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Hopes dimmed Thursday for the fate of people trapped inside the bloody rubble of a bombed federal office building, but rescuers continued to search doggedly for any signs of life. The FBI and police mounted a vast manhunt for the bombers.

Three men of Middle Eastern extraction were arrested on immigration charges Wednesday night and were being questioned Thursday in connection with the bombing, CNN reported. One man was arrested in Oklahoma and two in Dallas, CNN said, without citing sources.A fourth man, described as a witness, was being returned from Britain, where he had flown Wednesday.

CNN said the three men had stopped to ask an Oklahoma Highway Patrol trooper for directions Wednesday, and the trooper was suspicious enough to write down their car's license plate number. The number was registered to a rental car - a car other than what the men were driving, the network said.

In New York, a law enforcement source told The Associated Press that one of the three, Asad R. Siddiqy of New York City, was "a suspect in the bombing." CNN said Siddiqy was arrested in Dallas along with Mohammed Chafi; and a brother of Siddiqy was arrested in Oklahoma.

A full day after a car bomb caused horrific destruction to the Alfred P. Murrah federal building, the confirmed death toll stood at 36, including 12 children, Fire Chief Gary Marrs said Thursday. More than 400 people were injured.

Britain's Home Office announced that aman who landed at Heathrow Airport in London Thursday morning was being returned to the United States in connection with the case. A U.S. Justice Department official said the man was believed to be a witness.

There seemed no doubt that the death toll would rise, although no one could say by how much.

Marrs said he didn't know how many people remained unaccounted for and that it might take six days to find all the bodies. He said more than 700 people have called special telephone numbers to notify authorities that they were safe.

Marrs' assistant, Jon Hansen, said structural engineers have identified sections of the building that would be most likely to shelter survivors, and rescuers have focused their search on those areas.

No one had emerged alive from the federal building since 10:30 p.m. Wednesday, and Mayor Ron Norick said at midmorning that rescuers had stopped hearing any sounds of life.

No one knows precisely how many people were in the building at the time of the blast. Sen. Jim Inhofe, R-Okla., estimated that there were about 810 people - 560 employees and 250 non-employees.

Children's Hospital in Oklahoma City was among several public institutions nationwide to be evacuated Thursday after bomb threats, presumed to be the work of "copycats." More than 1,000 people were ordered to leave the hospital at about 9:15 a.m. No bomb was found.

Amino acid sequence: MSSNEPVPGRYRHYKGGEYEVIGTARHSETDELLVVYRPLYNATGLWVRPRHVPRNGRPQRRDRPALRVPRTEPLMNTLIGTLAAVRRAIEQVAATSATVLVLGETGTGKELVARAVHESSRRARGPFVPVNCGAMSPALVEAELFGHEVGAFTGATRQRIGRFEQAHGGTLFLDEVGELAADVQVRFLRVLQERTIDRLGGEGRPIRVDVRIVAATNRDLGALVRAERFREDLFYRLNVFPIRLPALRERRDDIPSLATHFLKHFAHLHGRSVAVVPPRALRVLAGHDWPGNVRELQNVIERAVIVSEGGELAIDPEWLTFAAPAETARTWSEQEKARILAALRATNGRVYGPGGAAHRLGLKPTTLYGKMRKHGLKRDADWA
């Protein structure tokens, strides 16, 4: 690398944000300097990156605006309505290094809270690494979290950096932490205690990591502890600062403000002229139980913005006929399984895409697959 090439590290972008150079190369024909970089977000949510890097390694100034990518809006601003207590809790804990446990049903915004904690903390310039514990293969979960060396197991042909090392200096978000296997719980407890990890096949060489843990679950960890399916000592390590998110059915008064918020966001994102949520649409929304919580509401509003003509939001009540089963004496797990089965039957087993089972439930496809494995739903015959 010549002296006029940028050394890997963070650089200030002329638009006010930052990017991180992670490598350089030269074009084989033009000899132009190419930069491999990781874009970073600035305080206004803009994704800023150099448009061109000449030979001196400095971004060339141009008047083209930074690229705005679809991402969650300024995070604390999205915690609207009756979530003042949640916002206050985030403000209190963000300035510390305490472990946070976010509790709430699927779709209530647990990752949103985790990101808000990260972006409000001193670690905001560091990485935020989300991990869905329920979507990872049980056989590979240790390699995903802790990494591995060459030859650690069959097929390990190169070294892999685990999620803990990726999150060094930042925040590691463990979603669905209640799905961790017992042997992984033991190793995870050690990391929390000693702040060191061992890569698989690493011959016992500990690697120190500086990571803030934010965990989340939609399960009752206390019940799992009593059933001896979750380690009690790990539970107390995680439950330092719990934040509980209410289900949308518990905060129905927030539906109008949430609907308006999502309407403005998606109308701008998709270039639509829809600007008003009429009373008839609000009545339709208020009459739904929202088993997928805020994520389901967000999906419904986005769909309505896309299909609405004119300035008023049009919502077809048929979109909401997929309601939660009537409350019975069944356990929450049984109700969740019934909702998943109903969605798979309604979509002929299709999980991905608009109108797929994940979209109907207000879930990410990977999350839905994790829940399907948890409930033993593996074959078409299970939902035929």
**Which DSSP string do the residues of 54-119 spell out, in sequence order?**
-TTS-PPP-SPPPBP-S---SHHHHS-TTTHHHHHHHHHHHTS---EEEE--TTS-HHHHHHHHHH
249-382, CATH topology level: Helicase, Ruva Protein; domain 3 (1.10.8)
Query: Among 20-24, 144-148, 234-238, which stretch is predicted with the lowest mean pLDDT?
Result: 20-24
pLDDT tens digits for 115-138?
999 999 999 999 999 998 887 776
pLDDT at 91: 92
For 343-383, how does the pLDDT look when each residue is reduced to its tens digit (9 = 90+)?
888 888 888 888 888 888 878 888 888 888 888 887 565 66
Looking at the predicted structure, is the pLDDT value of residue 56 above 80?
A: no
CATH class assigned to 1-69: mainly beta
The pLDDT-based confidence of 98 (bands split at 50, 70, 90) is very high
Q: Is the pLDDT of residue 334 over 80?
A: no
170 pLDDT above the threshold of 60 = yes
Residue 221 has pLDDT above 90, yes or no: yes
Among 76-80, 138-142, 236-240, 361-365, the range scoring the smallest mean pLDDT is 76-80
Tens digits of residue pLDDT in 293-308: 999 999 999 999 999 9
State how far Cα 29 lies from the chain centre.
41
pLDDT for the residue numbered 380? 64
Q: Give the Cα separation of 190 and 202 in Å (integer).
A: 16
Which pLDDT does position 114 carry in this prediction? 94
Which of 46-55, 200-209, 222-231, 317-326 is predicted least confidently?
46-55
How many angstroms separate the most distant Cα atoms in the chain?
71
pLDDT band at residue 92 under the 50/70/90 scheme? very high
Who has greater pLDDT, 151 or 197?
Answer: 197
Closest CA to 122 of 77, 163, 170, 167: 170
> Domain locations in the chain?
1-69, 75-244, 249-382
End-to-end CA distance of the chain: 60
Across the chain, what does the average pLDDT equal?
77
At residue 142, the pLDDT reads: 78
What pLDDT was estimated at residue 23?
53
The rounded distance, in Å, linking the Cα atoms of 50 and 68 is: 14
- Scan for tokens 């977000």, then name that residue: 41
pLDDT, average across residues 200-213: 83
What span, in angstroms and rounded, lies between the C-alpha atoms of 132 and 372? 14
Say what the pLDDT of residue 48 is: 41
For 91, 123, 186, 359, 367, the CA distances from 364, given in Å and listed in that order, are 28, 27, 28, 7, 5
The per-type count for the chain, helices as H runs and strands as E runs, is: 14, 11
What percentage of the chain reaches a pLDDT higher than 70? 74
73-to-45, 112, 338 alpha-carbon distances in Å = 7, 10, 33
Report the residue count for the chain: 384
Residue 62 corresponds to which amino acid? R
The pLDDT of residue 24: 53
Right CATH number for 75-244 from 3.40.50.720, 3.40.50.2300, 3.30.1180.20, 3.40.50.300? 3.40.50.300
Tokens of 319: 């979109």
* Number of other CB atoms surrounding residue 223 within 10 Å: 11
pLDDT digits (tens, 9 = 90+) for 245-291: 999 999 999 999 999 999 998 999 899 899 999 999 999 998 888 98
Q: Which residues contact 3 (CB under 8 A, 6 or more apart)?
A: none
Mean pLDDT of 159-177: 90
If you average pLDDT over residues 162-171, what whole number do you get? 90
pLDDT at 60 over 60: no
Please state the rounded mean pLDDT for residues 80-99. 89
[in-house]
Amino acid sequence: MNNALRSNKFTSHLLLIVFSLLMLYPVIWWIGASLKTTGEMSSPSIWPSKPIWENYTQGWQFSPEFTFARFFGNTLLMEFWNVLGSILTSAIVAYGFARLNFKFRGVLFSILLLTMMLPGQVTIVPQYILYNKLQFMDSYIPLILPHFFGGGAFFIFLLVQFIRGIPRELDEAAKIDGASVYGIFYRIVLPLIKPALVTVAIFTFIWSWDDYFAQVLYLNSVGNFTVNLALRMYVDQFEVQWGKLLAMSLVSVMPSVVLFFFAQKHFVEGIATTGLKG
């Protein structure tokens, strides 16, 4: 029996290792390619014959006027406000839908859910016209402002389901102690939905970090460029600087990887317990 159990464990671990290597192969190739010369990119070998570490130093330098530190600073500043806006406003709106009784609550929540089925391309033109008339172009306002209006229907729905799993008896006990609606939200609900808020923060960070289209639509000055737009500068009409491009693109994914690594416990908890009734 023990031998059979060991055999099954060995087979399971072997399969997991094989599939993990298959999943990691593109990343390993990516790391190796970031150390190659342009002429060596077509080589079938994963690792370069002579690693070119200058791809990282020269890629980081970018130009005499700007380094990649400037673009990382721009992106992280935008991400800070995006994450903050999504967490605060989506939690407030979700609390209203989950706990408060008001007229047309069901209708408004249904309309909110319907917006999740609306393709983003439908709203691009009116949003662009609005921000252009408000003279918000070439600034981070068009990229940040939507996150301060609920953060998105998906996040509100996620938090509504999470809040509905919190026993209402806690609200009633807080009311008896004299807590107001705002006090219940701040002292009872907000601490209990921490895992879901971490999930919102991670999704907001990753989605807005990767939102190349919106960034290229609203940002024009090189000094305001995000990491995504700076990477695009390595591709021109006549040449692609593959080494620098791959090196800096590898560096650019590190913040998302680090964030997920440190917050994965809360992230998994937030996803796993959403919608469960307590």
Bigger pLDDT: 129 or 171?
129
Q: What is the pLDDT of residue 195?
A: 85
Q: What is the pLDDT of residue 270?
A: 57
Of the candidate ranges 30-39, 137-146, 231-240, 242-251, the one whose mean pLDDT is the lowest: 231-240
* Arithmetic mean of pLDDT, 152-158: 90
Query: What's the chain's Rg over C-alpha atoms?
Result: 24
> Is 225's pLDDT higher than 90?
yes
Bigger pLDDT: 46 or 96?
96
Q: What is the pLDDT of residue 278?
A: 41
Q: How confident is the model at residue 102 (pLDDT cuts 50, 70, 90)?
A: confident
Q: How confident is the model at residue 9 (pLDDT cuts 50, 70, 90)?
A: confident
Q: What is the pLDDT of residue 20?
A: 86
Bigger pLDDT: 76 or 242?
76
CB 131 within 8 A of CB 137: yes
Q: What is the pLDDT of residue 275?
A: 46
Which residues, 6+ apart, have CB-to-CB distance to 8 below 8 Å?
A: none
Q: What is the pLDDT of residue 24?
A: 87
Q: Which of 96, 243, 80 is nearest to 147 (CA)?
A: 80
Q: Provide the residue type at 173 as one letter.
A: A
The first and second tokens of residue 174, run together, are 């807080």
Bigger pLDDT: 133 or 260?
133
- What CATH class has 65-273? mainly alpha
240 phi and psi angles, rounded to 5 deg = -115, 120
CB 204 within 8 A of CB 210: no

All underground rail stations in Boston were shut Thursday after a bomb threat.

In Oklahoma City, hundreds of rescue workers were operating at an excruciatingly slow pace, picking through the rubble brick by brick in hopes of finding survivors without dislodging material that could further injure people inside or destroy evidence that could lead to the killers.

At the same time, the federal government deployed 200 FBI agents and more than 100 other investigators to lead the search for the suspected terrorists. State and local law enforcement officials were working on the case as well.

Police Sgt. Kim Hughes said Thursday that authorities believe the 1,000- to 1,200-pound bomb was carried in a National Car Rental minivan with Texas license plates. Kennedy said authorities have no evidence that there was more than one bomb.

The government had received calls from several people saying they were from different Muslim groups, asserting they were responsible for the bombing, the deadliest on U.S. soil since 1927. Bob Ricks, head of the FBI in Oklahoma City, said authorities were not ready to blame any one group.

President Clinton called the bombers "evil cowards," and Attorney General Janet Reno said the government would seek the death penalty against them. Clinton ordered flags at federal buildings lowered to half-staff.

The bomb exploded at 9:05 a.m. Wednesday, tearing away the entire front of the federal building, leaving a huge crater in the ground in front of it, and seriously damaging surrounding buildings. The blast could be felt miles away; glass littered the streets for blocks around the federal building, and overturned and scorched automobiles were strewn about.

A total of 432 people were treated for injuries, and 72 of them were serious enough to require hospitalization.

Gov. Frank Keating recalled stopping a firefighter Wednesday to thank him.

The firefighter turned to head back into the building, Keating said, and replied, "You find out whoever did this. All I've found in here are a baby's finger and an American flag."

Three people were pulled from the rubble Wednesday, but two died a short time later, Hansen said. He said a 15-year-old girl was taken from the building in critical condition.

One 20-year-old woman found alive in the wreckage had to have her leg amputated in order to be rescued.

"She was lying underneath a beam. The attempt to remove the concrete beams would have caused the rest of the building to collapse," said Dr. Andy Sullivan, an orthopedic surgeon.

The woman, Dana Bradley, was listed in critical condition this afternoon at Children's Hospital.